Professor Saw Swee Hock at the official opening of the LSESU Saw Swee Hock Student Centre on the 24th October 2014
It is with great sadness that the Saw Swee Hock Southeast Asia Centre notes the passing of Professor Saw Swee Hock, the prominent academic and philanthropist whose generosity founded the Centre, and after whom it is named. As a supporter and firm friend of SEAC, Professor Saw took a great interest in the work of SEAC, bringing his insights and wisdom to the ongoing agenda of the Centre, including most recently at SEAC’s 2020 Southeast Asia Week.
Professor Saw received his BA and MA from the University of Malaya in Singapore in 1956 and 1960, before coming to LSE to study for his PhD in Statistics, which he completed in 1963. There followed a long and prolific career in academia and public service. Professor Saw’s career included positions at the University of Malaya in Kuala Lumpur, the University of Hong Kong and the National University of Singapore (NUS), from which he emerged as a recognised and respected expert on population and investment management.
Pioneering the study of statistics in many of the region’s most renowned and prestigious universities, Professor Saw demonstrated an impressive and unstinting devotion to his field that continued throughout his life. He held visiting positions at universities including Princeton, Stanford, Cambridge and was a Professorial Fellow at the Institute of Southeast Asian Studies and President’s Honorary Professor of Statistics at NUS.
Part of his research work is devoted to the Southeast Asian region, with books on The Population of Malaysia (2nd Edition), The Population of Singapore (3rd Edition), Malaysia: Recent Trends and Challenges (Co-Editor), Managing Economic Crisis in Southeast Asia (Editor), and ASEAN-China Economic Relations (Editor). His publications centring on statistics, demography and economics include some 49 authored/edited books, 31 book chapters and over 110 articles.
He is also well-known for his philanthropic endeavours, particularly in the area of tertiary education. He donated widely to universities in Singapore, Hong Kong, China and England to advance higher education, research, and social mobility among the less privileged students. In the past decade Professor Saw bestowed extraordinary gifts to LSE. As a result of Professor Saw’s donations, The LSE Saw Swee Hock Student Centre opened in 2013 and Saw Swee Hock Southeast Asia Centre was founded in 2014. Both are named in recognition of his outstanding generosity. His support of some of the most distinguished scholars from LSE to study at the School is also a significant part of his legacy. These tremendous pillars of support across teaching, research and community will have lasting impact for generations to come.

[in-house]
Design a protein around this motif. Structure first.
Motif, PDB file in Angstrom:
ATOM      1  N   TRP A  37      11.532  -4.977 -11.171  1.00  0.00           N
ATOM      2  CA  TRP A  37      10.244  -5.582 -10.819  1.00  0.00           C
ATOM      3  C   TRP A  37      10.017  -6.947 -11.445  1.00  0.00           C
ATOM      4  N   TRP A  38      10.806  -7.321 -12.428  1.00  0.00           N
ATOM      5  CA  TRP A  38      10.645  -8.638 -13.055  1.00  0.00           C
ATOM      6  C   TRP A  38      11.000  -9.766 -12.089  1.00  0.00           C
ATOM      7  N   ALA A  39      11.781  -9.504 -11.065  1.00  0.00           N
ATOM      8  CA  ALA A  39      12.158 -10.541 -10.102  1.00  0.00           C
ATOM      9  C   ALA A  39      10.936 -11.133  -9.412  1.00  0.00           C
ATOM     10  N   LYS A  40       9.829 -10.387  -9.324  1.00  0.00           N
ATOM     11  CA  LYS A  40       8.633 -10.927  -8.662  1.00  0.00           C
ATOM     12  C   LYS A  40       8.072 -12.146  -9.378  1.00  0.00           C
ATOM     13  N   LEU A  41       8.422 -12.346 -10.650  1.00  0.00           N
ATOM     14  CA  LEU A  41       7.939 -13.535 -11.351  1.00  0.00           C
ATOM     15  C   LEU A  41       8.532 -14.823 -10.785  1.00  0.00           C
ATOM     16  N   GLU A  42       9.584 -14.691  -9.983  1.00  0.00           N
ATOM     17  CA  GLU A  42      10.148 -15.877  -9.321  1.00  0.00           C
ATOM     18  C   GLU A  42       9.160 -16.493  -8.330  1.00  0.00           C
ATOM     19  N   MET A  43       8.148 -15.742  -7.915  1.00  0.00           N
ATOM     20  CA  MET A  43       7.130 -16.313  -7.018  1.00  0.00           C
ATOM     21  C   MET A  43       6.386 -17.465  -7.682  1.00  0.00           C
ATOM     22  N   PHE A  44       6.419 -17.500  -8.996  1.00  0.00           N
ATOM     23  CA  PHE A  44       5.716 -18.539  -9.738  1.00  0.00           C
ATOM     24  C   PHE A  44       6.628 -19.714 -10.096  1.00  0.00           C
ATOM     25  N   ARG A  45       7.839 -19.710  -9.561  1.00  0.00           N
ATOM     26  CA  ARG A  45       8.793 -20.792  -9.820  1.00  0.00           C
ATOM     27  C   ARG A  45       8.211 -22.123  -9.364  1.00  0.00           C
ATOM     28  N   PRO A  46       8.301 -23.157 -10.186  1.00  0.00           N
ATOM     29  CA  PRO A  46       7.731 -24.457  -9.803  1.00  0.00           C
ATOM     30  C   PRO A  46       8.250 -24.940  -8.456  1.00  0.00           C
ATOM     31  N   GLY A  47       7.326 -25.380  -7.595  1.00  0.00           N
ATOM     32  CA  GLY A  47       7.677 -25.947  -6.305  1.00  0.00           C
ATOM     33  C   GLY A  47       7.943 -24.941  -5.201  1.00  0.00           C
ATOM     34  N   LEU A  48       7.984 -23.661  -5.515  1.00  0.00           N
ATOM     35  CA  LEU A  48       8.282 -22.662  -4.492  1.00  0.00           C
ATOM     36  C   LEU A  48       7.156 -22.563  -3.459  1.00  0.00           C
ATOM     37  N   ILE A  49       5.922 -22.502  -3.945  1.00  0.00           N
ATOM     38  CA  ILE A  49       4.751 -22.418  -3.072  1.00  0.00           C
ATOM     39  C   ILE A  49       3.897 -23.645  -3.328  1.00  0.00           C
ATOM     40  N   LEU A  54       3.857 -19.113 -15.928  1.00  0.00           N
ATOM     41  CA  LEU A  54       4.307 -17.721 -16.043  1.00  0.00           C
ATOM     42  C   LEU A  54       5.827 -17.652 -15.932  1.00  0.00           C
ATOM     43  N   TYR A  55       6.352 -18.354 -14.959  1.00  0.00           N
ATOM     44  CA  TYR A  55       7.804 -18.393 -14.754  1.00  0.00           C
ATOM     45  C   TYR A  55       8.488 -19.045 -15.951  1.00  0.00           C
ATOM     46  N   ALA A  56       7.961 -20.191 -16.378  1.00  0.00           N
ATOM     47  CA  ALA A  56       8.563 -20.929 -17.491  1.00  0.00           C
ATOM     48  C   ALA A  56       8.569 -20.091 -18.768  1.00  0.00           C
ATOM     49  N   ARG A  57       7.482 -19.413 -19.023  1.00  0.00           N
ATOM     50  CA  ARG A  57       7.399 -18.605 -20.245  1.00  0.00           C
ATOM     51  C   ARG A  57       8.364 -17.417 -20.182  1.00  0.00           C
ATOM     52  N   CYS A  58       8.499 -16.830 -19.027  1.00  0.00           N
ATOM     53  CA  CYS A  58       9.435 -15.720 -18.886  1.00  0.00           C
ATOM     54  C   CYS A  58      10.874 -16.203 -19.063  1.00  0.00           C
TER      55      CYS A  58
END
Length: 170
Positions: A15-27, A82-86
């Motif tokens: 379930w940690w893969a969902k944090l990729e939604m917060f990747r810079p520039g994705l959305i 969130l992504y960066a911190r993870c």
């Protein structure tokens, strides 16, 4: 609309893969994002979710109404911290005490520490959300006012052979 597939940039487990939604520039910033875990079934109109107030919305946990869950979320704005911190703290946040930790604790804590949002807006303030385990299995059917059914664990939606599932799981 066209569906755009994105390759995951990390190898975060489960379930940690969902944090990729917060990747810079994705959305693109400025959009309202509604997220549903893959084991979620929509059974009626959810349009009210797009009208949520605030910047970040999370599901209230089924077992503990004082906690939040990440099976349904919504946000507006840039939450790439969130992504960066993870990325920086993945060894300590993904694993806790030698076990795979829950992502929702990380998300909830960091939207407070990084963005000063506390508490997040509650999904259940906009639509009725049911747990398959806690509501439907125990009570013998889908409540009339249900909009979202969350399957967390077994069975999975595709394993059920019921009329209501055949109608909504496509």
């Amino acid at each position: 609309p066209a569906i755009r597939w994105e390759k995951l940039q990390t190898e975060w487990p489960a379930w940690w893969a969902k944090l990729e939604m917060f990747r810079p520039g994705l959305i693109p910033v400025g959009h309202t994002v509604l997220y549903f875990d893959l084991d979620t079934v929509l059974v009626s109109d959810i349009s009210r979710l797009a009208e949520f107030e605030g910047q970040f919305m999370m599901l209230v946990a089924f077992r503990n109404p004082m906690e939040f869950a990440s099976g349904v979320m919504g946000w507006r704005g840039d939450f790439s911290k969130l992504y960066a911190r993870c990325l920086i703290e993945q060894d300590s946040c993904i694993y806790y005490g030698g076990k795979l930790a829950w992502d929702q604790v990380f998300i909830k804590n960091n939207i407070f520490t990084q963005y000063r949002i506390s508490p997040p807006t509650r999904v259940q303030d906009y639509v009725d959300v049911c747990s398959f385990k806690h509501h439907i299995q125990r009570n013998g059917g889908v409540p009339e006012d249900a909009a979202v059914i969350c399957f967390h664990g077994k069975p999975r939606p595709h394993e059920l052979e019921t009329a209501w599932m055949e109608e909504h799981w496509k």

He received numerous accolades for this philanthropic and academic achievements. He was named Honorary Professor of Statistics at the University of Hong Kong, Honorary Professor at Xiamen University, and President's Honorary Professor of Statistics at NUS. He was made an Honorary University Fellow of the University of Hong Kong. He was conferred the Outstanding Service Award by NUS, the Singapore President's Award for Philanthropy, and the Public Service Medal (PBM) by the Singapore Government in the 2013 National Day Awards. He was named as one of the '48 Heroes of Philanthropy' in the Asia-Pacific Region by Forbes Asia magazine in 2014. In 2015, he was conferred the Honorary Doctor of Letters by NUS.
Professor Saw was one of LSE’s most eminent alumni, benefactors and Honorary Fellows and Distinguished Alumni Leadership recipient.
Professor Saw’s association with LSE spanned over 60 years, he was highly revered by the LSE alumni community in Singapore and admired by LSE faculty and students alike. It was a great honour for the School to recognise Professor Saw as an Honorary Fellow in 2006 in recognition of his illustrious academic career and his transformative philanthropy. He also received LSE’s inaugural Distinguished Alumni Leadership Award in 2015. Professor Saw’s generosity has impacted many generations of students and faculty and will continue to do so for years to come. On founding the Saw Swee Hock Southeast Asia Centre, Professor Saw noted that:
“A deeper understanding of the 10 countries with diverse political and economic systems, bonded together by ASEAN, will engender lasting benefits to the School's academic community and graduates viewed in terms of the increasingly inter-dependent world economy and a further rise of Asia in the years ahead… To bring together the research of my alma mater with the region I am from means a lot on a personal level. There are of course many questions and challenges to be addressed in Southeast Asia, and I cannot think of an institution better placed than LSE to tackle them”.
We will be eternally thankful to call Professor Saw an alumnus of LSE and supporter of the Centre. We will remember his extraordinary modesty, warmth, kindness, judicious insight and, of course, the glint in his eye with his wonderful sense of humour and the laughter that always followed. Professor Saw will be deeply missed, and we are grateful that his legacy lives on at LSE through the Saw Swee Hock Southeast Asia Centre.
An LSE Condolences page in memory of Professor Saw Swee Hock includes a full obituary and space for the sharing of reflections and memories by the LSE Community.